The Postal Service has enough problems without being forced to operate on autopilot. But the fact that it has not a single member currently serving on its board pretty much symbolizes the less-than-benign neglect the mail is getting from federal policymakers.
The Wall Street Journal recently reported on the circumstances leading to nine vacant seats on the Postal Service’s governing board. None of former President Obama’s five nominees made it through the Senate approval process – and while there was no shortage of enmity between the president and congressional Republicans in 2016, it was Vermont’s Sen. Bernie Sanders (an independent who is more Democrat than many Democrats) who effectively blocked Obama’s picks. President Trump has nominated three candidates, but even if the Senate gets around to confirming them soon, which is not at all a sure thing, the board needs at least four members to have a quorum for meetings.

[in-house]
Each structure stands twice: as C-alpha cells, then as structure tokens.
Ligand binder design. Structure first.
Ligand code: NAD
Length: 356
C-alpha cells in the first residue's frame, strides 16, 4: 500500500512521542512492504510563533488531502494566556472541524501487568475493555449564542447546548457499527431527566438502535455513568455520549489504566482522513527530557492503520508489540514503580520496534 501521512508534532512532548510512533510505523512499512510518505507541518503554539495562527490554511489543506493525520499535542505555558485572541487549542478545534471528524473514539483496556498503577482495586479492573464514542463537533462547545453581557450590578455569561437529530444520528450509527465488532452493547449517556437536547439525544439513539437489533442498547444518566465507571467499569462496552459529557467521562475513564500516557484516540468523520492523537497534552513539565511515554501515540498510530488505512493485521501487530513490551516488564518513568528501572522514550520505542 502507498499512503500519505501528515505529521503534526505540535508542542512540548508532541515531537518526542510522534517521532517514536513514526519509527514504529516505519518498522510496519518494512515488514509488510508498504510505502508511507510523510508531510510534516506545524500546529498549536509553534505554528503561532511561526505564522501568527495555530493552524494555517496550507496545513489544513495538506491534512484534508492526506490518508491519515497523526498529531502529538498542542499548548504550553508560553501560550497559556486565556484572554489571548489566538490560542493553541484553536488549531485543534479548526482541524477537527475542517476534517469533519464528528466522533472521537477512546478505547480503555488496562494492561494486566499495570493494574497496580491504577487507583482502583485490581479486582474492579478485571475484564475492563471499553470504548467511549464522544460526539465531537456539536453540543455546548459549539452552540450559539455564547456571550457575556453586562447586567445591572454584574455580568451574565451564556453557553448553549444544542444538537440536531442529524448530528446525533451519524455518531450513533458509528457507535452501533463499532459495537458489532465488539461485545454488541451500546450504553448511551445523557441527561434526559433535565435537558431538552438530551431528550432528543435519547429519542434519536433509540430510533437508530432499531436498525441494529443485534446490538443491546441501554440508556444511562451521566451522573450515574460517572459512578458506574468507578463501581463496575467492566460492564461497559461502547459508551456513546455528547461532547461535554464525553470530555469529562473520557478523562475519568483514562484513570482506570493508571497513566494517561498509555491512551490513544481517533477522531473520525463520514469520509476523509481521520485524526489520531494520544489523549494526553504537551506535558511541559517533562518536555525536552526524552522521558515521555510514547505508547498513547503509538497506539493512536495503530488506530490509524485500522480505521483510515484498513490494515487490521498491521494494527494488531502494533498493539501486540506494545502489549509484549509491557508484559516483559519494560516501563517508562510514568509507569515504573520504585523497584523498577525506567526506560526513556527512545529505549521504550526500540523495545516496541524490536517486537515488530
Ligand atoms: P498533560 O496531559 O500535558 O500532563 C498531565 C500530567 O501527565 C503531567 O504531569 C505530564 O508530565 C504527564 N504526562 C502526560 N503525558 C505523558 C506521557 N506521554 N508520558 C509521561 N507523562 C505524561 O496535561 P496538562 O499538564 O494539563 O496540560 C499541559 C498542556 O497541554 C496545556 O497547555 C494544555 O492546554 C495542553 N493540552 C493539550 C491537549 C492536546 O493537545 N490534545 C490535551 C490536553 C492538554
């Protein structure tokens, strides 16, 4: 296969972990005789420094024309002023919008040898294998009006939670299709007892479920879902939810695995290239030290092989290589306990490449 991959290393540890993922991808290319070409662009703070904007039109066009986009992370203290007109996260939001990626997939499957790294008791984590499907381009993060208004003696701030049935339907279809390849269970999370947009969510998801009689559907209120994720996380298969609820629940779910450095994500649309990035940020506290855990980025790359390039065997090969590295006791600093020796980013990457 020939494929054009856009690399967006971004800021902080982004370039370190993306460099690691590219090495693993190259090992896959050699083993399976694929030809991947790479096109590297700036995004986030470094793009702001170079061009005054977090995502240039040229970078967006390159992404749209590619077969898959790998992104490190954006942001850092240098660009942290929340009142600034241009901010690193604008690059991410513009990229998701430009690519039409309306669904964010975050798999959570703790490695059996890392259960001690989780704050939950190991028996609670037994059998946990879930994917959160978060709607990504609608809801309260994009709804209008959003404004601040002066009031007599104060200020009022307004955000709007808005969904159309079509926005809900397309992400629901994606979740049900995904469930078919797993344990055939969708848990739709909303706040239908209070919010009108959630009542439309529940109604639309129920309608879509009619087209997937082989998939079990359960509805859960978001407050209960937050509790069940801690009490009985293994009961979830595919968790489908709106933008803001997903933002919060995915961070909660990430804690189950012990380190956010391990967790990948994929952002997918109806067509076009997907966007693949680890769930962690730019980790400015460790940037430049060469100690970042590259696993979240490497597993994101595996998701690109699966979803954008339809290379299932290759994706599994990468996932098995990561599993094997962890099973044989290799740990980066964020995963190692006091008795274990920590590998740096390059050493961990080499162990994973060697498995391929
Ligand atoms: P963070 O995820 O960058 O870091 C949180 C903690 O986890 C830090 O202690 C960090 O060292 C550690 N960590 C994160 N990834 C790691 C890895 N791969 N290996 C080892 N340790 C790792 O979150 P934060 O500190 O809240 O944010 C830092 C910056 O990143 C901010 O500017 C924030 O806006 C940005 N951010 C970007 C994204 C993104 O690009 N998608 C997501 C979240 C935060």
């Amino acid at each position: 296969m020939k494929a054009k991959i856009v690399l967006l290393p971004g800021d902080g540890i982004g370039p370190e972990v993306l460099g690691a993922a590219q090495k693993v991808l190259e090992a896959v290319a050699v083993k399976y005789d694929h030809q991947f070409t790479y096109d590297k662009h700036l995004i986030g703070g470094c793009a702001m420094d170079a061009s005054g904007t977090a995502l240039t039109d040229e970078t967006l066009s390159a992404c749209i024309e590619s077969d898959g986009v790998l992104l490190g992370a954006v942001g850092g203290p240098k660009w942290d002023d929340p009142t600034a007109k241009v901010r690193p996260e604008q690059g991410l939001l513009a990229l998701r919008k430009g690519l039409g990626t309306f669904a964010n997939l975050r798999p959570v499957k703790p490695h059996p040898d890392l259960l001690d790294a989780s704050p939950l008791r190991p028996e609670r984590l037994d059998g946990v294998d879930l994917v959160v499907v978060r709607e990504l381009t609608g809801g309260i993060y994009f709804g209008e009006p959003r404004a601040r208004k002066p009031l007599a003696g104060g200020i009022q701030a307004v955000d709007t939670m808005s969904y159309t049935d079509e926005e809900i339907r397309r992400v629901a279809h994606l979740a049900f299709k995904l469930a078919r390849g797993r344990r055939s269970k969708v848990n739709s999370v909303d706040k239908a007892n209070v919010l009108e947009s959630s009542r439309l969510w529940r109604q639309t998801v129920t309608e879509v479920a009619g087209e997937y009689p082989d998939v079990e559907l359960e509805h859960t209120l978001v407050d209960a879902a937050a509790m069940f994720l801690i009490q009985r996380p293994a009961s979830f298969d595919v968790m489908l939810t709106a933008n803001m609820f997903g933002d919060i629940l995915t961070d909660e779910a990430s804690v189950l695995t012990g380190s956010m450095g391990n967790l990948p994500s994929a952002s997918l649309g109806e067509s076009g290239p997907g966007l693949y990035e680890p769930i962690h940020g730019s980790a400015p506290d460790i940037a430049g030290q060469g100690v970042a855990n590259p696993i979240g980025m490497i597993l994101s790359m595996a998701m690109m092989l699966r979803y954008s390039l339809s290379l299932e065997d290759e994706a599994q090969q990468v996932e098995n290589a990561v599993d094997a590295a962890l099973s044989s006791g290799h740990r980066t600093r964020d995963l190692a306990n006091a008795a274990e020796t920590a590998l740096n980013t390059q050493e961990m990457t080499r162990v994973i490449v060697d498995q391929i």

In the meantime, some powers have been delegated to the postmaster general and her deputy. But many key operational decisions must remain on hold until enough governors are in place to make them.
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